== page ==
Initial screening for crystals was performed in robotic vapor diffusion sitting drop trials with the commercially available screens Hampton Crystal Screen (Hampton Research), Precipitant Wizard Screen (Emerald BioSystems), and Synergy Screen (Emerald BioSystems). Initial crystals obtained were reproduced and optimized using the hanging-drop vapor diffusion method with drops consisting of 0.5 μl protein and 0.5 μl precipitant solution equilibrated against a 500-μl reservoir volume at room temperature. Initial crystals obtained in polyethylene glycol (PEG) 3000 (28%, wt/vol), 0.2 M lithium sulfate monohydrate, and 0.1 M imidazole (pH 8) diffracted to 4.0-Å resolution. Additive screening was performed to improve diffraction quality. 6-Aminohexanoic acid (30%, wt/vol) added to the condition mentioned above resulted in crystals that appeared after 40 days and diffracted to 2.1 Å. Diffraction data were collected under cryogenic conditions using 30% ethylene glycol as a cryoprotectant. X-ray diffraction data were collected at ID-22 beamline (SER-CAT) at the Advanced Photon Source, Argonne National Laboratory, with 1.0000-Å radiation, processed, and reduced with HKL2000 (16).
The crystal structure of the gp120-M48U1-JM4 complex was solved by molecular replacement using Phaser in the CCP4 program suite (49). The structure of YU2 gp120 bound to CD4-mimetic miniprotein M48U1 (Protein Data Bank [PDB] code: 4JZZ) was used as a search model. Refinement was carried out with PHENIX (17). Starting with torsion angle-simulated annealing with slow cooling, iterative manual model building was carried out on COOT (18) with maps generated from combinations of standard positional, individual B-factor, translation/libration/screw (TLS) refinement algorithms, and noncrystallographic symmetry (NCS) restraints. Ordered solvents were added during each macrocycle. Throughout the refinement processes, a cross validation (Rfree) test set consisting of 5% of the data was used, and hydrogens were included as a riding model. Structure validations were performed periodically during the model building and refinement process with MolProbity (19) and pdb-care (20). X-ray crystallographic data and refinement statistics are summarized in Table S1 in the supplemental material.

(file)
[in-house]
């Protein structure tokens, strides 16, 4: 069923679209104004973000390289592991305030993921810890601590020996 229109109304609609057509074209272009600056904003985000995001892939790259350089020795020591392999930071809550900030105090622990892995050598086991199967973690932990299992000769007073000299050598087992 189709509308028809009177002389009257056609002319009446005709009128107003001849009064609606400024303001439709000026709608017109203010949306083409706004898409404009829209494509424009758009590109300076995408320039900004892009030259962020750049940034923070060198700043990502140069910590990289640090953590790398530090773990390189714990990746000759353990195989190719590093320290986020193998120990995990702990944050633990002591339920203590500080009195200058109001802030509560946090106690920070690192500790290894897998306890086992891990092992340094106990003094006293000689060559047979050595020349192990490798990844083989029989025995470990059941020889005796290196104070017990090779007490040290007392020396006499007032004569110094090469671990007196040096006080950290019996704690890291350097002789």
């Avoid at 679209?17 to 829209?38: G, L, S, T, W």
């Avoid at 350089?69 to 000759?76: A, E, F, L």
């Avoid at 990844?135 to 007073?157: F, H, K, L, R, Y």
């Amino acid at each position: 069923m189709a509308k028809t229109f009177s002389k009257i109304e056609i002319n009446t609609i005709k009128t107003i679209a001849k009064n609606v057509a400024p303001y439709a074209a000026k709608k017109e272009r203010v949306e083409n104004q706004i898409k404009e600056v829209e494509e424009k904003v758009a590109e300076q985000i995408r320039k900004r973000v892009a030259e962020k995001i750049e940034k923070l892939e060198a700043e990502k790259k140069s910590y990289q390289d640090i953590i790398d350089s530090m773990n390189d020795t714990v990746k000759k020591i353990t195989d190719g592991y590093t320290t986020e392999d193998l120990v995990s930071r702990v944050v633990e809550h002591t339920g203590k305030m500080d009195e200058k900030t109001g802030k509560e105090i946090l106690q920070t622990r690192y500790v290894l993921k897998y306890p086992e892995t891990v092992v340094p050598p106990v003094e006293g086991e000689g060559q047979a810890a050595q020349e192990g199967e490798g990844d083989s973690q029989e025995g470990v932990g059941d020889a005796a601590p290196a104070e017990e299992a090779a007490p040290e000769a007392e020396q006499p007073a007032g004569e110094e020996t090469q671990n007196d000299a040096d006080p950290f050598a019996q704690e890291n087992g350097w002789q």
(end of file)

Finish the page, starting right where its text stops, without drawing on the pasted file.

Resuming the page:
All superpositions were performed using lsqkab in CCP4. PISA (21) and NCONT were used to perform protein-miniprotein interface analysis. All graphical representations with protein crystal structures were made with PyMOL (www.pymol.org). Per-residue buried surface area on gp120 for the different antibody complexes was computed as the difference between the solvent-accessible area for each gp120 residue in the complex structure versus the solvent-accessible area for the same residue in the unbound gp120 structure (obtained by removing the antibody from the input complex structure). Naccess (22) was used for computing solvent-accessible areas. The Spearman correlation coefficient was used for computing the correlations between per-residue buried surface areas for the different antibodies; only gp120 residues found in at least one epitope (i.e., gp120 residues with nonzero buried surface area for at least one antibody) were included in the correlation computation.
Experiments were carried out on a Biacore 3000 or Biacore T200 instrument (GE Healthcare). Antibody was covalently coupled to a CM5 chip at 200 resonance units (RU), and a blank surface with no antigen was created under identical coupling conditions for use as a reference. gp120, alone or in the presence of 3 molar excess amounts of soluble, two-domain CD4, was injected over the immobilized antibodies and reference cell at 50 μl/min, using 10 mM HEPES (pH 7.4), 150 mM NaCl, 3 mM EDTA, and 0.05% polysorbate 20 (HBS-EP+) as a running buffer. The data were processed with SCRUBBER-2 and double referenced by subtraction of the blank surface and a blank injection (no analyte). Binding curves were globally fit to a 1:1 binding model.
Neutralization was measured using single-round-of-infection HIV-1 Env pseudoviruses and TZM-bl target cells, as described previously (23, 24). Neutralization curves were fit by nonlinear regression using a 5-parameter hill slope equation as described. The 50% inhibitory concentrations (IC50) were reported as the concentrations required to inhibit infection by 50%.
Atomic coordinates and structure factors have been deposited in the Protein Data Bank under accession number 4LAJ.